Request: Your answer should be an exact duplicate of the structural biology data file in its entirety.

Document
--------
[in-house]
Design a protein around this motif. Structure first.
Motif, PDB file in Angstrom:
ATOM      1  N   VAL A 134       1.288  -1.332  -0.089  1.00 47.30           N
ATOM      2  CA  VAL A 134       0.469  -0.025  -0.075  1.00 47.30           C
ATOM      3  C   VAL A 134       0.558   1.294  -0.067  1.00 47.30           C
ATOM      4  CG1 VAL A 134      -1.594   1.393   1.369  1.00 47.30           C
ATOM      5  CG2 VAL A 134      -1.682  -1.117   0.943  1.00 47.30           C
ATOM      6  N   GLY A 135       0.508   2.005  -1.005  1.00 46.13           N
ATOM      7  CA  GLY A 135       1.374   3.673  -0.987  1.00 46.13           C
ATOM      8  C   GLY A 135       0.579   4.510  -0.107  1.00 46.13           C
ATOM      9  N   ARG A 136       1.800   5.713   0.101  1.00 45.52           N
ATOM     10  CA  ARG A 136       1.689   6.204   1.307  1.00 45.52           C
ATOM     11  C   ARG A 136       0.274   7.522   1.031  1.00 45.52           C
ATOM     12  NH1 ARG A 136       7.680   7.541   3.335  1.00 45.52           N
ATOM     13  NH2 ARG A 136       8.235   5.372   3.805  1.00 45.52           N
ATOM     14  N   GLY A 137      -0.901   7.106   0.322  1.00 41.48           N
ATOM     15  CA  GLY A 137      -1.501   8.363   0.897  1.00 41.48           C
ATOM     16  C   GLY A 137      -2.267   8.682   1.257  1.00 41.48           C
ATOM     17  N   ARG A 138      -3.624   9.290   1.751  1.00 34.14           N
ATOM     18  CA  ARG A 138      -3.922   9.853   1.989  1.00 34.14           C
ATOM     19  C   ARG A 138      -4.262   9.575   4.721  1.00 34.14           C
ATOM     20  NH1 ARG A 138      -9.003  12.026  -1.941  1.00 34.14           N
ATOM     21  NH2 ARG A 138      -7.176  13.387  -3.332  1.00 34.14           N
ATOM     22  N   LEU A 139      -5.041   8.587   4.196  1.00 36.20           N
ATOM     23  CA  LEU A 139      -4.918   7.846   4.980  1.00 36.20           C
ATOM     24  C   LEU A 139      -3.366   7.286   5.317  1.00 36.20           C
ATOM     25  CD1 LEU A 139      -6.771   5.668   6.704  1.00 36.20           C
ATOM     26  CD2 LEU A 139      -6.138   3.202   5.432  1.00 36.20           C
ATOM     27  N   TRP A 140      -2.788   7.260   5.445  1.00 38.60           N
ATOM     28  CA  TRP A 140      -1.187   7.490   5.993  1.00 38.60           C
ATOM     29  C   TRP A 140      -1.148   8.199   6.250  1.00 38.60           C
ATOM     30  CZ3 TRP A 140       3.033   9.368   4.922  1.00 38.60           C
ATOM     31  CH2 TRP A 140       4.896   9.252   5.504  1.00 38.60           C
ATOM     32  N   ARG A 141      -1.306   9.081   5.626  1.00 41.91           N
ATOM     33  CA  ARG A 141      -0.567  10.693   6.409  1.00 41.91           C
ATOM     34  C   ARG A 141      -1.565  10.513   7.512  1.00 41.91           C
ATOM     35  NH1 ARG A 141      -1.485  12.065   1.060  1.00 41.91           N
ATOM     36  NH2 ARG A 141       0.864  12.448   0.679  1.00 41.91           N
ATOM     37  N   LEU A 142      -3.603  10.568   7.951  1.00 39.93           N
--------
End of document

[in-house]
Design a protein around this motif. Structure first.
Motif, PDB file in Angstrom:
ATOM      1  N   VAL A 134       1.288  -1.332  -0.089  1.00 47.30           N
ATOM      2  CA  VAL A 134       0.469  -0.025  -0.075  1.00 47.30           C
ATOM      3  C   VAL A 134       0.558   1.294  -0.067  1.00 47.30           C
ATOM      4  CG1 VAL A 134      -1.594   1.393   1.369  1.00 47.30           C
ATOM      5  CG2 VAL A 134      -1.682  -1.117   0.943  1.00 47.30           C
ATOM      6  N   GLY A 135       0.508   2.005  -1.005  1.00 46.13           N
ATOM      7  CA  GLY A 135       1.374   3.673  -0.987  1.00 46.13           C
ATOM      8  C   GLY A 135       0.579   4.510  -0.107  1.00 46.13           C
ATOM      9  N   ARG A 136       1.800   5.713   0.101  1.00 45.52           N
ATOM     10  CA  ARG A 136       1.689   6.204   1.307  1.00 45.52           C
ATOM     11  C   ARG A 136       0.274   7.522   1.031  1.00 45.52           C
ATOM     12  NH1 ARG A 136       7.680   7.541   3.335  1.00 45.52           N
ATOM     13  NH2 ARG A 136       8.235   5.372   3.805  1.00 45.52           N
ATOM     14  N   GLY A 137      -0.901   7.106   0.322  1.00 41.48           N
ATOM     15  CA  GLY A 137      -1.501   8.363   0.897  1.00 41.48           C
ATOM     16  C   GLY A 137      -2.267   8.682   1.257  1.00 41.48           C
ATOM     17  N   ARG A 138      -3.624   9.290   1.751  1.00 34.14           N
ATOM     18  CA  ARG A 138      -3.922   9.853   1.989  1.00 34.14           C
ATOM     19  C   ARG A 138      -4.262   9.575   4.721  1.00 34.14           C
ATOM     20  NH1 ARG A 138      -9.003  12.026  -1.941  1.00 34.14           N
ATOM     21  NH2 ARG A 138      -7.176  13.387  -3.332  1.00 34.14           N
ATOM     22  N   LEU A 139      -5.041   8.587   4.196  1.00 36.20           N
ATOM     23  CA  LEU A 139      -4.918   7.846   4.980  1.00 36.20           C
ATOM     24  C   LEU A 139      -3.366   7.286   5.317  1.00 36.20           C
ATOM     25  CD1 LEU A 139      -6.771   5.668   6.704  1.00 36.20           C
ATOM     26  CD2 LEU A 139      -6.138   3.202   5.432  1.00 36.20           C
ATOM     27  N   TRP A 140      -2.788   7.260   5.445  1.00 38.60           N
ATOM     28  CA  TRP A 140      -1.187   7.490   5.993  1.00 38.60           C
ATOM     29  C   TRP A 140      -1.148   8.199   6.250  1.00 38.60           C
ATOM     30  CZ3 TRP A 140       3.033   9.368   4.922  1.00 38.60           C
ATOM     31  CH2 TRP A 140       4.896   9.252   5.504  1.00 38.60           C
ATOM     32  N   ARG A 141      -1.306   9.081   5.626  1.00 41.91           N
ATOM     33  CA  ARG A 141      -0.567  10.693   6.409  1.00 41.91           C
ATOM     34  C   ARG A 141      -1.565  10.513   7.512  1.00 41.91           C
ATOM     35  NH1 ARG A 141      -1.485  12.065   1.060  1.00 41.91           N
ATOM     36  NH2 ARG A 141       0.864  12.448   0.679  1.00 41.91           N
ATOM     37  N   LEU A 142      -3.603  10.568   7.951  1.00 39.93           N